My students were scheduled to take their Benchmark testing. I was booted from computer lab. There were some other things that took priority. I was becoming very frustrated. Although technology is available at the school, it is limited. We have an iPad lab and I wondered if I could give the Benchmark on the iPad. This is for math, so all the answers are multiple choice. I tried it out on my own iPad. It seemed to work, so the iPad lab was free and I snatched it up and gave my Benchmark. It went great! The students were able to easy zoom in and out on text, graphs, and charts. I was just wondering if this being done by others. Problems? Concerns?
I am going to try the Instructional Probes on Acuity next, so any thoughts would be greatly appreciated.
I have found that many students are more adept at using the iPad than the mouse on the computer or laptop. Their generation is growing up with the swipe technology so I hear from more and more teachers that young students coming in try to touch the monitor to interact with the computer like an iPad. I am all for whatever works best for the individual student. I find myself even using my iPad often times over the laptop. Here is a link to a dicussion that might give you some ideas on other uses as well.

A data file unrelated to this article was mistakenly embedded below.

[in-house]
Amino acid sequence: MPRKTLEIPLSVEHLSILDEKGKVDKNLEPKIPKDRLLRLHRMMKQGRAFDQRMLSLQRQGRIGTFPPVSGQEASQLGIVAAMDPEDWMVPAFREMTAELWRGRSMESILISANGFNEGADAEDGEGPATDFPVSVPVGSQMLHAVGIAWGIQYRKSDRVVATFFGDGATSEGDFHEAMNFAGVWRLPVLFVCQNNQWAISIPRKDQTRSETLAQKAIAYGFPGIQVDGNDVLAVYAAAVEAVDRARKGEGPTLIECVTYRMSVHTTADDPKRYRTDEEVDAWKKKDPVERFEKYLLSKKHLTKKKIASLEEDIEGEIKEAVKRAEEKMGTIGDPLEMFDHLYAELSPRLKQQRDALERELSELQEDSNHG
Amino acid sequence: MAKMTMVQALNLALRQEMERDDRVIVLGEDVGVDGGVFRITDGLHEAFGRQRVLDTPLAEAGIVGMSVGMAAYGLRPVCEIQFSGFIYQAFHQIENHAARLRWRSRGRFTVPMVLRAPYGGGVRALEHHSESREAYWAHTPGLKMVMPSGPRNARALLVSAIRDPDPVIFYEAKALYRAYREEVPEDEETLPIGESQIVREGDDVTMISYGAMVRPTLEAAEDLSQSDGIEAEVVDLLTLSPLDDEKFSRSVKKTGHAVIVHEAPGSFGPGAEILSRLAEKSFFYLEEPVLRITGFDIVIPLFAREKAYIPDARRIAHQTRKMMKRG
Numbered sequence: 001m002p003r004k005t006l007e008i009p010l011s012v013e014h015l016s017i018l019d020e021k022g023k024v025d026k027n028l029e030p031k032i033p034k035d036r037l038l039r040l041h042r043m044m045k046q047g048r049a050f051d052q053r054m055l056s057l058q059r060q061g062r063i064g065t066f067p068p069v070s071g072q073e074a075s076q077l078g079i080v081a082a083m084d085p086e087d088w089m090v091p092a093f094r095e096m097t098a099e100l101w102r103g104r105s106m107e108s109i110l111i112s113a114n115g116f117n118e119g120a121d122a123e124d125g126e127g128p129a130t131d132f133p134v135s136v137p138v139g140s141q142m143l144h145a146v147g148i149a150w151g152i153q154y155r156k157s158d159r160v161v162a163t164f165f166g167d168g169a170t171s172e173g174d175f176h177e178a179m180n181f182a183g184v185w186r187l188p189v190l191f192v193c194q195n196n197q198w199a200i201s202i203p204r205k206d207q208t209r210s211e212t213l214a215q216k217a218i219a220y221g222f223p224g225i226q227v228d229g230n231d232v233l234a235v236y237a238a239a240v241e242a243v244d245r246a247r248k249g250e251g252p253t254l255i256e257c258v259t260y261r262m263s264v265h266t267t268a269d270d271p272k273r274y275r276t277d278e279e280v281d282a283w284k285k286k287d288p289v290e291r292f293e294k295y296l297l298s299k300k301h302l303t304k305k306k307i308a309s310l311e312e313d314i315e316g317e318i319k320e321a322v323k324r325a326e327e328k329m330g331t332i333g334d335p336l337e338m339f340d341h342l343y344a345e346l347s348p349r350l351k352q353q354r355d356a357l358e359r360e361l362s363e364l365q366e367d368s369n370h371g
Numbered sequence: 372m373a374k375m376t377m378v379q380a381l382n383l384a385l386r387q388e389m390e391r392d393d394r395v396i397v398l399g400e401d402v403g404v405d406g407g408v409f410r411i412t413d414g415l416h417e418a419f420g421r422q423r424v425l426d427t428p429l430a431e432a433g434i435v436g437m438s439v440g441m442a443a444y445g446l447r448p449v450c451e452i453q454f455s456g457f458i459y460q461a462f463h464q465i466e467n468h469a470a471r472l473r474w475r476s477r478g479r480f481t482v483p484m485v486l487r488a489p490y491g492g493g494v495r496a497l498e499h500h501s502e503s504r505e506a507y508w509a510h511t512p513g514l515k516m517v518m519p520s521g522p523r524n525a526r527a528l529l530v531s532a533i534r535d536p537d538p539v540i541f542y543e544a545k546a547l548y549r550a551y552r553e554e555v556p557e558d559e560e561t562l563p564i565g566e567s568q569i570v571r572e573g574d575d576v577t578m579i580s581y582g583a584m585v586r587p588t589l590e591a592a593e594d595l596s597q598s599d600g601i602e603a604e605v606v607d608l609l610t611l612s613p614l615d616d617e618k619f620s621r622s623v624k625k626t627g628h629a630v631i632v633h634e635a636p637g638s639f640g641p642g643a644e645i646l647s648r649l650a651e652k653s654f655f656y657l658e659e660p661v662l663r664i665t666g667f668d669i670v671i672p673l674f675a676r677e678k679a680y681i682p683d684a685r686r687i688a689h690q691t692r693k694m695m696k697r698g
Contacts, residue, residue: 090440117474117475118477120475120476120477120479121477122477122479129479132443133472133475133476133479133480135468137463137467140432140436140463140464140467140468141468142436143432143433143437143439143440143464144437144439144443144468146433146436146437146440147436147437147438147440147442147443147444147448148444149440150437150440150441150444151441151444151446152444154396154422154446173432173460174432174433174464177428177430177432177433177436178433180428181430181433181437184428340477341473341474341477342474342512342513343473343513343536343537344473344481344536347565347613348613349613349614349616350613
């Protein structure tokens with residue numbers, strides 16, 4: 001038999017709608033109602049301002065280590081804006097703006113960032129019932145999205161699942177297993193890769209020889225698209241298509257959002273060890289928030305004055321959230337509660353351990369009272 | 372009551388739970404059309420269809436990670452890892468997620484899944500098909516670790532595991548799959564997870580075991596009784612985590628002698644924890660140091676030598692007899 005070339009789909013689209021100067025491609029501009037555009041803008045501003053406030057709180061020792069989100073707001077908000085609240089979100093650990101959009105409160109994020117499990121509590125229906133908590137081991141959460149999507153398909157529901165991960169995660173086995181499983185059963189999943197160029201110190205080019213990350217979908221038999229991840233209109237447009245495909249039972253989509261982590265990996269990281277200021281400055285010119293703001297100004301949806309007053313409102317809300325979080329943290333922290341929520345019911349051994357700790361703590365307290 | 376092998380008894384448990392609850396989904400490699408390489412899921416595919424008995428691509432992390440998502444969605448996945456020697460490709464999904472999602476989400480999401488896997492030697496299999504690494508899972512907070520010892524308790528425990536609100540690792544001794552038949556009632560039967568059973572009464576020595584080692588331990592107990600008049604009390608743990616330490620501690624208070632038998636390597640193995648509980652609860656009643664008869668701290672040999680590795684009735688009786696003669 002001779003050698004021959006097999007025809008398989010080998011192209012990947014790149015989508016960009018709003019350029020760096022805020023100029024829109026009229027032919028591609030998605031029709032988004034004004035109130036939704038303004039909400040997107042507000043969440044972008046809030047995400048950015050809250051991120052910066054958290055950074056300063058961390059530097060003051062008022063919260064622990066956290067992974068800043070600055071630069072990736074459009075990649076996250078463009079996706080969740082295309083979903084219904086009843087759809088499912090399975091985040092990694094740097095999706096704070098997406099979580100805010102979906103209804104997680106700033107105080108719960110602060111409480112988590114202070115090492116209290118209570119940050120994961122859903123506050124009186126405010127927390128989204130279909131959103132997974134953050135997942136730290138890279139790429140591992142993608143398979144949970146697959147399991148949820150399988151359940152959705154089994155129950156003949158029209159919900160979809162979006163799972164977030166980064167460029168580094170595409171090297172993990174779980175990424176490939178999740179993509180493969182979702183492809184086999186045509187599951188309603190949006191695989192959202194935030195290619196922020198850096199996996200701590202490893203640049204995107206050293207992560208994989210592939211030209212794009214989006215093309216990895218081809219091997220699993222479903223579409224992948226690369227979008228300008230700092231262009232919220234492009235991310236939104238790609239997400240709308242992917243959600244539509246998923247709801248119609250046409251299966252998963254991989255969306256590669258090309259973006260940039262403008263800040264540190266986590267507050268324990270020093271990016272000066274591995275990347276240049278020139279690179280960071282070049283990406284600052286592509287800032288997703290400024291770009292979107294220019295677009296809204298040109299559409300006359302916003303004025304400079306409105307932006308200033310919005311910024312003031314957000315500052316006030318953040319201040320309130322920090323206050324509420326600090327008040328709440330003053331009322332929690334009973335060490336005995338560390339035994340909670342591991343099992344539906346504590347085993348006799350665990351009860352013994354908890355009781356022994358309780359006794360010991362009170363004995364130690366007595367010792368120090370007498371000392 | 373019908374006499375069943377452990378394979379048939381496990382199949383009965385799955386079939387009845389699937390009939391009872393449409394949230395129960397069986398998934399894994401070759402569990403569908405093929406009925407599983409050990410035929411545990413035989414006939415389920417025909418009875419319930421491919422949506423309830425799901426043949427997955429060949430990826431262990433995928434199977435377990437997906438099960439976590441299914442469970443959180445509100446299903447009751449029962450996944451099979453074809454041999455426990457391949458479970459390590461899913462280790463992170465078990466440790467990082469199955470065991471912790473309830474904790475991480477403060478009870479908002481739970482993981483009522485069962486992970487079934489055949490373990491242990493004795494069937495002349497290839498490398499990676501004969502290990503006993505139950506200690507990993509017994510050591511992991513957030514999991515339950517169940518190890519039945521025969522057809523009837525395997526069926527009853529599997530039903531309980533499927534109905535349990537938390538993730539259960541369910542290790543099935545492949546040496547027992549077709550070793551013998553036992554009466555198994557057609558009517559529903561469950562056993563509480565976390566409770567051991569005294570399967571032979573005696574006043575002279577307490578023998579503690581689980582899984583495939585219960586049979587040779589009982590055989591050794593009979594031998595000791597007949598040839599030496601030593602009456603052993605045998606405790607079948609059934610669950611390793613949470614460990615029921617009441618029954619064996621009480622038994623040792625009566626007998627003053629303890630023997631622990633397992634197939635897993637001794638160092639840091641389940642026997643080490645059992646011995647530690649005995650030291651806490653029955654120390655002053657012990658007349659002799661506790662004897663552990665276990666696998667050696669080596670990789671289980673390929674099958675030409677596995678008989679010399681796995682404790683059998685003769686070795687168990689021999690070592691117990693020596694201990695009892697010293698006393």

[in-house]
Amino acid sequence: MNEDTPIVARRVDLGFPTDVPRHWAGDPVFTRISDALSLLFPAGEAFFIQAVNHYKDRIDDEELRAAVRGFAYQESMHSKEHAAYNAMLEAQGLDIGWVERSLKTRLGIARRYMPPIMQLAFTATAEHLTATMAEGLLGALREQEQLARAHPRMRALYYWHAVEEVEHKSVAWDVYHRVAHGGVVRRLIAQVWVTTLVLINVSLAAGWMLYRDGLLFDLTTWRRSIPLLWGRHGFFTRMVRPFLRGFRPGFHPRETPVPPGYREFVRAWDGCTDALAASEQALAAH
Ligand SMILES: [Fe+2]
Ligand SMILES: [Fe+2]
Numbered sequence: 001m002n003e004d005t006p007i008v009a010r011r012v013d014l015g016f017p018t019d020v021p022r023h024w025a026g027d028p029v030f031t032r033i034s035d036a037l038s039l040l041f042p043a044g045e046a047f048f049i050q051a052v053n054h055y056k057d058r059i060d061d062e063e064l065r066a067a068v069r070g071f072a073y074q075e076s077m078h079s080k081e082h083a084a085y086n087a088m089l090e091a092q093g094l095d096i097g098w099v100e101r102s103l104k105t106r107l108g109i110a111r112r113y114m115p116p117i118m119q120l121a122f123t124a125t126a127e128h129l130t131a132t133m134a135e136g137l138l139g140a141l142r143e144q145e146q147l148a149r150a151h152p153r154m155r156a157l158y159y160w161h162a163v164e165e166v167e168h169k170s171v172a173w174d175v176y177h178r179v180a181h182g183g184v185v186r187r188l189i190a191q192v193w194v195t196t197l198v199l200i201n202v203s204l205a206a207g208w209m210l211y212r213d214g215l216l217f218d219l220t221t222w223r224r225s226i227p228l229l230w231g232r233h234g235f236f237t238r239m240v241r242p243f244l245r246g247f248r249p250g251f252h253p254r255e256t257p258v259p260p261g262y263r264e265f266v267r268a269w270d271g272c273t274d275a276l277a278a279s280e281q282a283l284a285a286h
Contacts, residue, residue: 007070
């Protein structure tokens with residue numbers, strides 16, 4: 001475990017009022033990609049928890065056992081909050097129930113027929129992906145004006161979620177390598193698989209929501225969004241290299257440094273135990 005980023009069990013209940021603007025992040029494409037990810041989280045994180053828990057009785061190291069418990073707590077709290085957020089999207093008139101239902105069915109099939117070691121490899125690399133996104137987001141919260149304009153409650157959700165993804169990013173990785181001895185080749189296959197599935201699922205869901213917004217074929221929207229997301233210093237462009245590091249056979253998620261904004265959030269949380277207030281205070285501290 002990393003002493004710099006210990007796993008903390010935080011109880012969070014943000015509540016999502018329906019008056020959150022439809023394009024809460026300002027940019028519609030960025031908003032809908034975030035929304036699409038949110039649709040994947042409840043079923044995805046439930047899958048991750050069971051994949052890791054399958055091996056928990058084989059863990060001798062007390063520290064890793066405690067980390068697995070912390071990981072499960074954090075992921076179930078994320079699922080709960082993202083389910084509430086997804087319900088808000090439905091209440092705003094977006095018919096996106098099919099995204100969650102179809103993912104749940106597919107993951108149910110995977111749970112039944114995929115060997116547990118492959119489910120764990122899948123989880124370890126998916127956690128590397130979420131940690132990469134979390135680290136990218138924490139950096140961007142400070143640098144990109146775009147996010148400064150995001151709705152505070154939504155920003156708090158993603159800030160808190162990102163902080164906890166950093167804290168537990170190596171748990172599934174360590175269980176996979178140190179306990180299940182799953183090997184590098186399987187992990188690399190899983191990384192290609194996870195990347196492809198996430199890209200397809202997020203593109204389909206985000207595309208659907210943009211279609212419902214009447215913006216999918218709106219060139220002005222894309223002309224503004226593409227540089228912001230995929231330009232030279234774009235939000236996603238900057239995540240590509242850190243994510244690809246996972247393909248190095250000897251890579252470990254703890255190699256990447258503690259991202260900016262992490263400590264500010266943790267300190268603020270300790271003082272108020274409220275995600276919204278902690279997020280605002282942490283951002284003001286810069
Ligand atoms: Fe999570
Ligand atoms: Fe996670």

I've been an advocate of using mobile technology for testing for some time. I too become frustrated when we lose so much instructional time in computer labs (and mobile labs!) to testing. I'm glad it worked for you in this case. I have learned, however, that there are sometimes reasons that such tests cannot be done on mobile technologies, so I provide this just so others can understand some of those reasons. It will vary by state or locality and the type of test that is being taken.
Some standardized tests - or those provided by publishers or other organizations will not work on mobile devices as they may use technologies like Java or Flash that are unsupported on some mobile devices. There are also considerations about wireless access. Schools may not have a robust enough wireless network to allow for the number of connections and data streaming necessary for some tests. And... there are sometimes proprietary browsers or applications necessary to take the tests that are not available for mobile devices.
All that said, I think we will see more and more testing materials available for wireless devices as they become more pervasive in our schools. I encourage people to look into the possibilities and hopefully many of you will have the successful experience that Susan did!
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I hope to follow you on this one -- we currently are benchmarking on computers and BY PAPER! Oh I know that sounds awful but there isn't enough time to get everyone onto the computers. We have a new ipad lab that I hadn't thought about trying so this is encouraging! thanks!